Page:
• Master of Arts(M.A): 59%
  • Master of Science(M.S): 56%
  • Other master’s degrees: 70%
  • Doctor’s research: 48%
  • Doctor’s professional: 75%

[Source: NPSAS]

Private student loan debt

Taking out a private loan to pay for education is a route that many college students use to fund school. Unlike Stafford Loans that are subsidized by the government, a private loan tends to have a higher interest rate and does not come with any of the benefits of federal loan forgiveness and income-based payment programs.

  • 53% of private student loan borrowers from 2015–2016 borrowed less than they could have for a Stafford Loan. [Source: TICAS]
  • 43% of private loan borrowers could not have borrowed more with a Stafford loan.  [Source: TICAS]
  • 7% of all undergraduates at four-year colleges from 2015–2016 borrowed private loans. [Source: TICAS]
  • In 2015-2016, 51 percent of private loan borrowers attended schools with tuition costs above $10,000, while 31 percent of borrowers attended schools charging less than $10,000. [Source: TICAS]
  • In 2019, interest rates for private student loans reached 14.21 percent, compared to federal student loans with an interest rate of 5.05 percent. [Source: TICAS]

Financial planning for graduates

As graduates entering the workforce are burdened with student debt there is a growing need to practice careful planning to reach financial goals. Paying off student loans will take priority over contributing to any retirement savings accounts or contributing to saving for future life events.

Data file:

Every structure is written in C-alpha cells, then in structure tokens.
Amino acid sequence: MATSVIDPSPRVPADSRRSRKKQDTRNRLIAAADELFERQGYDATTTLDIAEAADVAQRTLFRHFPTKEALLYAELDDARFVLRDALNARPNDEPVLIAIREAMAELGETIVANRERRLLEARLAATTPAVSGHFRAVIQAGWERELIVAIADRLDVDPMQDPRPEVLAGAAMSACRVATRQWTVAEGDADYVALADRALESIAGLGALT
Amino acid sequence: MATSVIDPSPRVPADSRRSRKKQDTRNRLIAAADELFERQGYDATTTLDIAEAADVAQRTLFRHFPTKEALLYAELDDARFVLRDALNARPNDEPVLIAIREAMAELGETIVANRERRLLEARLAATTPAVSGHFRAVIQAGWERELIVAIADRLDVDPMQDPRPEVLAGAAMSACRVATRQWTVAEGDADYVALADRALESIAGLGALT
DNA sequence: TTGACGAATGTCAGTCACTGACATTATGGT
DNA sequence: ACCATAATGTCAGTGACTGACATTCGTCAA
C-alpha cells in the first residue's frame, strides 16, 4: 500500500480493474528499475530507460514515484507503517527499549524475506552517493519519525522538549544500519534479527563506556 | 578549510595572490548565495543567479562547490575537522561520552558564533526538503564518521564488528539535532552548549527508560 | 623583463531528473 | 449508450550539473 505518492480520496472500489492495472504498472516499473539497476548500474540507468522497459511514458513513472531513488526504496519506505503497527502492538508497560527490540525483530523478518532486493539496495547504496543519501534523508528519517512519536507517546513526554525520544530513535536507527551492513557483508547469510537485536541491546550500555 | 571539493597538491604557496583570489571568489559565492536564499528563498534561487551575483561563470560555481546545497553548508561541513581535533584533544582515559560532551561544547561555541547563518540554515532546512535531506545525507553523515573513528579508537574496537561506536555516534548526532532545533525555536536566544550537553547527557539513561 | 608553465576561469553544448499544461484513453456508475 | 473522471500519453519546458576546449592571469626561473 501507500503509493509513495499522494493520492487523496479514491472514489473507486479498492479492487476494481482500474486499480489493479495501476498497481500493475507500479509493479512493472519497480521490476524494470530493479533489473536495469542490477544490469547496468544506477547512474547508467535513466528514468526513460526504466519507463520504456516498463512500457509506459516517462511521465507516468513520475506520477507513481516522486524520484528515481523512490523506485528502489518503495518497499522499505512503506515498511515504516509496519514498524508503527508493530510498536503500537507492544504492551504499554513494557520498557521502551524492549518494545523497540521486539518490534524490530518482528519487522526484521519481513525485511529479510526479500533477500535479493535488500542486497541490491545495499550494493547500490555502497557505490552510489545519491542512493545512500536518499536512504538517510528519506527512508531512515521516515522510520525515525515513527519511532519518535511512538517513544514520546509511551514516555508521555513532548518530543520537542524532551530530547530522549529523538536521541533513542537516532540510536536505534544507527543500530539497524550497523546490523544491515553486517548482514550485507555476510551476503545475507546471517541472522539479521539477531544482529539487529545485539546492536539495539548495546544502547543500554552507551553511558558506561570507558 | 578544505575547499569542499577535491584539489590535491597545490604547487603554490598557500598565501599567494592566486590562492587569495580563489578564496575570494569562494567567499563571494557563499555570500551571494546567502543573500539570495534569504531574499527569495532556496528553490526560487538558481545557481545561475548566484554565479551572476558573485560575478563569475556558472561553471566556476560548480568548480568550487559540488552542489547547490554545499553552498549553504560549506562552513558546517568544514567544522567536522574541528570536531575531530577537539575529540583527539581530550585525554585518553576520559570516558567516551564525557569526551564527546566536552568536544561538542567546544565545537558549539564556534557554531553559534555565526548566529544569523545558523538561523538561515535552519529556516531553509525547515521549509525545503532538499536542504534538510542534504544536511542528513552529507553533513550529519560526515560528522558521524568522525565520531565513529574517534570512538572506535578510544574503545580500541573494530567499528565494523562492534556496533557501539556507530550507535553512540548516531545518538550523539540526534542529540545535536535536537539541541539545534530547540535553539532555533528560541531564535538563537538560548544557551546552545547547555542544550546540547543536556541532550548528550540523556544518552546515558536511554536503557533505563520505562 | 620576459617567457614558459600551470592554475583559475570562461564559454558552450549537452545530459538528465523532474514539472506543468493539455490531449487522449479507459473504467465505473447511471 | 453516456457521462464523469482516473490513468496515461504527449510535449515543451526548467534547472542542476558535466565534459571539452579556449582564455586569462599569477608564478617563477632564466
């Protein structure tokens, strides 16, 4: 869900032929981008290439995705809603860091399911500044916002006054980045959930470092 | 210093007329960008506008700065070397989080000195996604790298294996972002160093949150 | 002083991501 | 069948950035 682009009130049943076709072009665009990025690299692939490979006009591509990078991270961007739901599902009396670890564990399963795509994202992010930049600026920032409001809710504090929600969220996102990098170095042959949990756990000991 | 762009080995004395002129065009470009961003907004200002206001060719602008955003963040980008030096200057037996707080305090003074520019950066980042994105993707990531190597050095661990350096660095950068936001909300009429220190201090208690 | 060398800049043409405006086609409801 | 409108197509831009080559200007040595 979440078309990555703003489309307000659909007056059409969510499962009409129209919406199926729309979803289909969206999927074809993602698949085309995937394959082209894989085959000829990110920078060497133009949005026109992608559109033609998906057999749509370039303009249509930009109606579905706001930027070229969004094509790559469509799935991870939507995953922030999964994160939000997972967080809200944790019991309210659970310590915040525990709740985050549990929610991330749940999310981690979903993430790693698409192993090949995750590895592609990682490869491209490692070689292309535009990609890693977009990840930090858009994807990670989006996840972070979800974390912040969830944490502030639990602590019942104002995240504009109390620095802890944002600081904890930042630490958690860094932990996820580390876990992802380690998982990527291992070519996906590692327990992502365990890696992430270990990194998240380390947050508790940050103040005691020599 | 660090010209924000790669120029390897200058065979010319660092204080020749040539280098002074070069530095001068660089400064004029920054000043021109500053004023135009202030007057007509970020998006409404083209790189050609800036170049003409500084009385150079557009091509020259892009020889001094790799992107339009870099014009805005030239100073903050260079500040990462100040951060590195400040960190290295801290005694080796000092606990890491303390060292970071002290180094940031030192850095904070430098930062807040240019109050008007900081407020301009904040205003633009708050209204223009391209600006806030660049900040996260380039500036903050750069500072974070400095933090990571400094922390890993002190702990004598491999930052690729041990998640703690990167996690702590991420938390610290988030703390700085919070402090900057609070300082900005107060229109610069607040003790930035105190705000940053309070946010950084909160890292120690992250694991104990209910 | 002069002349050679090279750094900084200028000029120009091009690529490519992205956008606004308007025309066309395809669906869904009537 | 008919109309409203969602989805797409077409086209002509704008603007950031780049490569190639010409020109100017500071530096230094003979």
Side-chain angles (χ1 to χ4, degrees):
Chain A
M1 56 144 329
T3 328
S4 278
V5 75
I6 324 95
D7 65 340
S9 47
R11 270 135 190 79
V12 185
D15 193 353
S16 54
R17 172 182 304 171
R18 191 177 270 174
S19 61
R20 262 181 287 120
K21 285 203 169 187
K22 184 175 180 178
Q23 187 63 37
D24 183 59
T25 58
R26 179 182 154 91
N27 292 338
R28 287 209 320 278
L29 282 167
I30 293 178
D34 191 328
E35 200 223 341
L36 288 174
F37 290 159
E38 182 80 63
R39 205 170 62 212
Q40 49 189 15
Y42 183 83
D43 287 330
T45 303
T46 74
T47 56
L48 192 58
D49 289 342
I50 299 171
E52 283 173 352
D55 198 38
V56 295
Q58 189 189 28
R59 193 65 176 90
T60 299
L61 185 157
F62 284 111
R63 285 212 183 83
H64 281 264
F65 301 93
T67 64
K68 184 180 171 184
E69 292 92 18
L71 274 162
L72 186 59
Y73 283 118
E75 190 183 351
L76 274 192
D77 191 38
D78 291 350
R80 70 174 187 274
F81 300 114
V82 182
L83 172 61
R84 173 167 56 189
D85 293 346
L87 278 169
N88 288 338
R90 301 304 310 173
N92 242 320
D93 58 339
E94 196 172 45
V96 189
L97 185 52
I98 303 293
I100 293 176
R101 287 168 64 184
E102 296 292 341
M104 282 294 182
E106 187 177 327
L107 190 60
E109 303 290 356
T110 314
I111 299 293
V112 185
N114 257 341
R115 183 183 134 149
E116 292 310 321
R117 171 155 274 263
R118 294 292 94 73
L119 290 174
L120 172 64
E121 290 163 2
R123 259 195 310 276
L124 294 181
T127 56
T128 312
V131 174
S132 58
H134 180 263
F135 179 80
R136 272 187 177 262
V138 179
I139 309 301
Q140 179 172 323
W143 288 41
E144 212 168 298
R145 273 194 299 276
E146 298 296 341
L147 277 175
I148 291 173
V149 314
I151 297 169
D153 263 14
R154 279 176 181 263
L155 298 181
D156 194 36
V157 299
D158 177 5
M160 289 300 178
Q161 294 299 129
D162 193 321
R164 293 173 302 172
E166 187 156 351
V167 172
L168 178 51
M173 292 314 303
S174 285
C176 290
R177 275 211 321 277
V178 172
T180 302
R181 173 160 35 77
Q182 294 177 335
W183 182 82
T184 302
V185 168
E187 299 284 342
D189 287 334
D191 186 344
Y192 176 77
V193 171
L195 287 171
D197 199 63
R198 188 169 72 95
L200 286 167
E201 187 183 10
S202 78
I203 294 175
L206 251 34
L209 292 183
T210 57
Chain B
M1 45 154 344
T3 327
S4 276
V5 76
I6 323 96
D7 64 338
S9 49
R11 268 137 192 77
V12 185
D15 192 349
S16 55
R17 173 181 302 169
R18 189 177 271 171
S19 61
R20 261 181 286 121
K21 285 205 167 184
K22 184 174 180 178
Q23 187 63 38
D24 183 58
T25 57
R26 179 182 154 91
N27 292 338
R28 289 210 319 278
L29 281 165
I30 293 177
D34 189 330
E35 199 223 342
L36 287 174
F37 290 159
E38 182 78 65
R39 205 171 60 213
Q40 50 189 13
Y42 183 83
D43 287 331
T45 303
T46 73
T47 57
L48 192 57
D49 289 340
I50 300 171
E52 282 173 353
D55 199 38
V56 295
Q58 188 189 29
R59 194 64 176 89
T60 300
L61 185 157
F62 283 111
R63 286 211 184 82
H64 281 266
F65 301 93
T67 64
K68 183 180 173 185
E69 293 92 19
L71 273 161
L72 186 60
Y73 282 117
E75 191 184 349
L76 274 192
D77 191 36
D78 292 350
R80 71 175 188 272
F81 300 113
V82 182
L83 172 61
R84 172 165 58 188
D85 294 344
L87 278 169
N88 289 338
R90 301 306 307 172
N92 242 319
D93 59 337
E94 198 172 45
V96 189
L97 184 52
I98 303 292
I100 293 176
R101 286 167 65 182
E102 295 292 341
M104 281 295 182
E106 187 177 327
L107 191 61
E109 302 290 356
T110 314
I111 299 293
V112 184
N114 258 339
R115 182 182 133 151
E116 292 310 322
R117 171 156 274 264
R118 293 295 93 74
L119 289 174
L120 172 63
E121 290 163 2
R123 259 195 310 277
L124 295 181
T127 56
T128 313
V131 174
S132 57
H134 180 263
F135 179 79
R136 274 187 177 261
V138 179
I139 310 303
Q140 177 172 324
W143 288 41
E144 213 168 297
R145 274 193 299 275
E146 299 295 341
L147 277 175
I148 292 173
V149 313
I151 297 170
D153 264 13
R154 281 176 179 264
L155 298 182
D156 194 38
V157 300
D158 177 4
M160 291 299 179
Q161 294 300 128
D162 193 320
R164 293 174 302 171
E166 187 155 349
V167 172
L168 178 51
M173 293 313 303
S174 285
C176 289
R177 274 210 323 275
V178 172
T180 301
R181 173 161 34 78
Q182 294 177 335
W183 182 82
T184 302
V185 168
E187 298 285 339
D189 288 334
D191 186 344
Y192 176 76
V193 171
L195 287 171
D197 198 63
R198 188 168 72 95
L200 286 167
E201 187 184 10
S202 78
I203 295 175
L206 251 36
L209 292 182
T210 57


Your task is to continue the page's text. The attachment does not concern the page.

When it is time to prepare for major financial changes, student loan borrowers should consider a number of resources for lessening the burden of their debt:

Student loan refinancing

Student loan refinancing is an option for borrowers who would like a better interest rate, a longer repayment time and a lower minimum monthly payment. Refinancing a student loan is, in certain cases, beneficial for people falling behind on payments or for those who would like to pay off their debts faster.

Student loan consolidation

If a borrower has multiple student loans or other sources of debt, the loans can be consolidated into one lump sum. When considering debt consolidation, it is important to prioritize the financial benefits over any other convenience. For certain borrowers, loan consolidation may not be worth it, as it often brings higher interest rates and a longer term of repayment.

Student loans’ affect on credit

Borrowing any large sum of money will have a large impact on your credit score. Your payment history will become a major contributing factor to a credit score which can quickly decline if you fall behind on payments. If you are unsure if student loans are having a negative effect on your credit score, you can receive a free credit report summary and consultation to help assess your student loans and other credit factors.